MP: I learned that it’s not just one health-care professional that is going to be the one to fix any situation; it’s definitely a team approach because we all bring our different backgrounds, skills, knowledge and scope of practice, and it’s definitely important to communicate that as well.

How did the team function this year?

MFD: I think everyone gets along really well. Everyone respects each other’s time when it comes to when one person is presenting their ideas and we are receptive to what they’re saying. It’s all very professional and respectful.

SZ: We are working together pretty good. At the face-to-face meeting we developed the community-based plan pretty quick and efficiently.

MP: If we see someone from our group on campus, we smile at each other and do a quick check-in. For the second face-to-face meeting, I felt we were a lot more comfortable. We knew each other and got straight to work. It felt a lot less awkward than the face-to-face meeting during the first term.

Have you applied what you learned from the IPCC curriculum to any of your other courses?

MP: One of my courses is called professional and leadership in enabling occupation. We learn about how we as occupational therapists (OT) can demonstrate the skills, attitudes, and behaviours that demonstrate professionalism related to the different roles OTs can fill in Canada. Having been on an IPCC team with other health care students gave me a better understanding of how I would be able to apply the different roles on a professional team. I was able to link the varying roles of practice for an OT to the case study.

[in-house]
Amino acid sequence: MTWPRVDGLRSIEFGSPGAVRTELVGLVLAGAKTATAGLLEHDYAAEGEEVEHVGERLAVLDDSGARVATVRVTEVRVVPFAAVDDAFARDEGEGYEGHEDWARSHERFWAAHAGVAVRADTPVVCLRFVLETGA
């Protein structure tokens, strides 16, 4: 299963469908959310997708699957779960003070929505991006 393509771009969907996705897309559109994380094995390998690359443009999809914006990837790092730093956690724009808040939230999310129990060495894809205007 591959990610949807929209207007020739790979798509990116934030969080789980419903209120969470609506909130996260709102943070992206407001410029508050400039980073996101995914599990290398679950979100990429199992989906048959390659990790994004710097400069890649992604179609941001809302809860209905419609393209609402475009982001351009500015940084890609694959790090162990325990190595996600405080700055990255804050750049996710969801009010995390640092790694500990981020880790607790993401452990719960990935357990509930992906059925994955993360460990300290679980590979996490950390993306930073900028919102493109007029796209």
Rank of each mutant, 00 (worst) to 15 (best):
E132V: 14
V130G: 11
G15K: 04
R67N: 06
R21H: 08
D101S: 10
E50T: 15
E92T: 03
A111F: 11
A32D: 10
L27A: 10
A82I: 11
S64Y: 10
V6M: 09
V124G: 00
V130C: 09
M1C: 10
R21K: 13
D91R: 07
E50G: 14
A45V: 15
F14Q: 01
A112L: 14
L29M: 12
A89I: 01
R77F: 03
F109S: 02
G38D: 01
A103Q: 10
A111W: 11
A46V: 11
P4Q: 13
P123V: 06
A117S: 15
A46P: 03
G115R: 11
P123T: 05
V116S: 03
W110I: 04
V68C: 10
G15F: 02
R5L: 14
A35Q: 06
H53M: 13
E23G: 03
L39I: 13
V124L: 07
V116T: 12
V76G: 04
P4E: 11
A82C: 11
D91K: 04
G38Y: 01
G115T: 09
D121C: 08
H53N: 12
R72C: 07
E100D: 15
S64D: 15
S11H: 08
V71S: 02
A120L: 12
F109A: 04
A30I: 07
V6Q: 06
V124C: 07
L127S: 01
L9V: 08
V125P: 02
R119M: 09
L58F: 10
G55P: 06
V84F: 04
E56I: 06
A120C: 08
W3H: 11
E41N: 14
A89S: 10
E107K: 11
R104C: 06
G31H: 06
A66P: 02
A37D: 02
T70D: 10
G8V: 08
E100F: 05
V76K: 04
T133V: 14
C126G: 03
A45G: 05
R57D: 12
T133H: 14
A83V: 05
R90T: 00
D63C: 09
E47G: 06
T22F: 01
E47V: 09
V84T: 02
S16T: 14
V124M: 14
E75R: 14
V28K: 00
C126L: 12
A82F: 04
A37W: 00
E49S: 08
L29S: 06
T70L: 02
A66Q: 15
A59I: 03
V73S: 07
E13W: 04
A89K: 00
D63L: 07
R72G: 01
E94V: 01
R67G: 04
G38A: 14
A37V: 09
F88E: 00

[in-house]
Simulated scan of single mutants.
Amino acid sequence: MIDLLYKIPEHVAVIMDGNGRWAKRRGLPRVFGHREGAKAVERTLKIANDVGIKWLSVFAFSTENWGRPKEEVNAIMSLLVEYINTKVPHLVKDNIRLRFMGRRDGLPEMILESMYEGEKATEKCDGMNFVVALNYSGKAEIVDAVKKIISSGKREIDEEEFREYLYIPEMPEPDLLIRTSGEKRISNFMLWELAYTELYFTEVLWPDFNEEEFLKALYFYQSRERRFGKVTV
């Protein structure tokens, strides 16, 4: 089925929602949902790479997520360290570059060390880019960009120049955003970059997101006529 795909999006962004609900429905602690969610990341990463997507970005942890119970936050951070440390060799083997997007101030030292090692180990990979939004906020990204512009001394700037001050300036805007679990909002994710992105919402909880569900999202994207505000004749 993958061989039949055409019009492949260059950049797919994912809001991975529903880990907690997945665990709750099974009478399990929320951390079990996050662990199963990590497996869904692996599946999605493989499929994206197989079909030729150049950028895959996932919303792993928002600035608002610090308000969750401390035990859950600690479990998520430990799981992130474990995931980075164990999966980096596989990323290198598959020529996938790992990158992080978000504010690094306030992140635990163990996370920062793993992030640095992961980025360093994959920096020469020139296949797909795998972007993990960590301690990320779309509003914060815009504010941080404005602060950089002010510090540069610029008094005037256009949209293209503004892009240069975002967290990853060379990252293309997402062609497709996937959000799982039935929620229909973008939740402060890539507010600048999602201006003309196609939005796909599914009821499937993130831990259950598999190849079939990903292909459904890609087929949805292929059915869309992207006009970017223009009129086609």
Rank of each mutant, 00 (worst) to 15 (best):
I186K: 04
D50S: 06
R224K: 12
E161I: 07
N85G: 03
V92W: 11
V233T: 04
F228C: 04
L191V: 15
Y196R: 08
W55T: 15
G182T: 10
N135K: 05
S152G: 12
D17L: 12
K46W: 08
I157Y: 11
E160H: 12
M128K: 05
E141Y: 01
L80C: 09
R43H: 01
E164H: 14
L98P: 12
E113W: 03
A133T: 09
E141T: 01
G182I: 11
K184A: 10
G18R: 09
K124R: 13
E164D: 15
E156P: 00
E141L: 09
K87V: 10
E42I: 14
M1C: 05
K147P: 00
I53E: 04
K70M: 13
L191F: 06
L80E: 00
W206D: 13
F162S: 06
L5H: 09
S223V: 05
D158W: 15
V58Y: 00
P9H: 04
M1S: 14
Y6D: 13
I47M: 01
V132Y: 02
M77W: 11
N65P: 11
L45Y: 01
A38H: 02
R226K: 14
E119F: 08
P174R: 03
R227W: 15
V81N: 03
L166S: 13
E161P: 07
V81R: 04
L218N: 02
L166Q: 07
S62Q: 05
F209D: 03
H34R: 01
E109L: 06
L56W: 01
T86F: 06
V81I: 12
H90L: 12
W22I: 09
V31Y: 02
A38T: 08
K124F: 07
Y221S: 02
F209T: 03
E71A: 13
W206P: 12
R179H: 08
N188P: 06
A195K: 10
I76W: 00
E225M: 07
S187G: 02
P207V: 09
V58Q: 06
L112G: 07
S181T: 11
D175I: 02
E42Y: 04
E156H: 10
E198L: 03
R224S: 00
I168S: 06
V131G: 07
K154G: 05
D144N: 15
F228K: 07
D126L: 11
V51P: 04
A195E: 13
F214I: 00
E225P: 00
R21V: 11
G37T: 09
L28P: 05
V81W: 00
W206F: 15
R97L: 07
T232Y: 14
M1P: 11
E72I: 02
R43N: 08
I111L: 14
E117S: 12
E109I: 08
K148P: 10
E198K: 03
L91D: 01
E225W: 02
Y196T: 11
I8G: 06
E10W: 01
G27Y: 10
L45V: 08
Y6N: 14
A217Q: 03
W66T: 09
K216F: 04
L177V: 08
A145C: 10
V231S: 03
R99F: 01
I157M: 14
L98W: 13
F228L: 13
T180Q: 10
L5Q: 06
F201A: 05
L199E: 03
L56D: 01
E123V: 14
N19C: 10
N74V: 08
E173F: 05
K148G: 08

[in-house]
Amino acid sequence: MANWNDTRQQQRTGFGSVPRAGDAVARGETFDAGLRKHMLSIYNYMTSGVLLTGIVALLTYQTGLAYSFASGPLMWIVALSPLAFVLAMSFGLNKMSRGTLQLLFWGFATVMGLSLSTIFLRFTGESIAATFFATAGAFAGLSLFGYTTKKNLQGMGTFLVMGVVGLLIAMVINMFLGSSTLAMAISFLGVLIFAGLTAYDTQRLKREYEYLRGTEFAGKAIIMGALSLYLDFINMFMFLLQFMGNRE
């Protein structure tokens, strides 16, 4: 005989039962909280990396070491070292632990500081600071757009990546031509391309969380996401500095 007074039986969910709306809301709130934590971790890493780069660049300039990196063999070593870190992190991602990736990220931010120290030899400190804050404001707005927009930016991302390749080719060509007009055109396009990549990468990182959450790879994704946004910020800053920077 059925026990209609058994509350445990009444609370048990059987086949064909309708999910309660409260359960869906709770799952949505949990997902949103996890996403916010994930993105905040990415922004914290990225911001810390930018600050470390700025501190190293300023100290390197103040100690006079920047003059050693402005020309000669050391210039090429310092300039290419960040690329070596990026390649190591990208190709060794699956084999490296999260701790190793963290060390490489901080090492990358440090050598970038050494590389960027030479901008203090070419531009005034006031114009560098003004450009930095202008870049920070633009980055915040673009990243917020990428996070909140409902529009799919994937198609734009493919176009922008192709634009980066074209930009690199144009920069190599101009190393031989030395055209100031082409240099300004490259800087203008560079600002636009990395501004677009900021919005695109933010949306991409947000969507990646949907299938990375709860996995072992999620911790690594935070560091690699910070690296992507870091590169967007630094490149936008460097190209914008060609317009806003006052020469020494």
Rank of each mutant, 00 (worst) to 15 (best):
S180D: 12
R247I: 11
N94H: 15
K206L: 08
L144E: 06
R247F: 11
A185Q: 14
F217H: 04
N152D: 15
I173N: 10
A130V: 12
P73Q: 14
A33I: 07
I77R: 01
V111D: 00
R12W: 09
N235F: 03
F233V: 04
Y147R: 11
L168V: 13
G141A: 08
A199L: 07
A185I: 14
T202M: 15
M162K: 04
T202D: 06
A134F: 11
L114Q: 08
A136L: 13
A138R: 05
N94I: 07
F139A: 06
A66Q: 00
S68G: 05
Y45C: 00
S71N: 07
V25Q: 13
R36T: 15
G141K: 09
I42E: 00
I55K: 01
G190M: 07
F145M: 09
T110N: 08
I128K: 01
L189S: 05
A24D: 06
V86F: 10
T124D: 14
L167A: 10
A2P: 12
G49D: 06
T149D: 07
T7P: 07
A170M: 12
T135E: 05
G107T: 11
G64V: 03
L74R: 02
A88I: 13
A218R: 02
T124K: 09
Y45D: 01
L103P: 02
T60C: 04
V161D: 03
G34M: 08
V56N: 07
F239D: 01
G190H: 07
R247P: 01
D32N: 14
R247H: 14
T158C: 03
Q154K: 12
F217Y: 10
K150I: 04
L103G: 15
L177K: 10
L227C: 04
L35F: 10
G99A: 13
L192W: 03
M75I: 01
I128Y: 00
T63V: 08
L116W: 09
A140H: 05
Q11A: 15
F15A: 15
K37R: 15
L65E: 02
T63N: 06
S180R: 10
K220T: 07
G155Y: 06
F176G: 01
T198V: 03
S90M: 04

SZ: This semester I was doing my clinical rotation. Every time I took care of a patient, I knew that I was not only taking care of a patient physically, but I was part of a team. I talked to pharmacists and dieticians. If the patient got discharged, we would find out who would take care of him or her and find out if is there any assistance the patient needs and is there anything we can do to advocate for them.

MFD: We learned a lot about the social determinants of health in our population health course and IPCC did a lot to consolidate that material and help us apply it in a different way while taking into consideration how other health care providers could help us in achieving our goals when it comes to being generally aware of the social determinants of health when we’re providing health services.

What would you like to learn next term?  

MFD: Throughout the IPCC curriculum I’m hoping to keep gaining more and more knowledge about the unique services that my fellow colleagues can provide. I want to continue to build more connections and always be gaining more awareness of the roles of the people around me in the professional atmosphere.

SZ: One thing I want to learn next semester is how we can convert this core plan into real life. How we can actually apply this on the patient instead of just coming up with a care plan.

MP: Due to COVID, I’d be really interested to learn how health-care teams are functioning during this time because I think it will be important to know in the future. We don’t really know how long this is going to last, or what it’s going to look like, so that would be really interesting as well.

We will follow up with the members of team #331 over the next two terms while they continue their interprofessional journeys.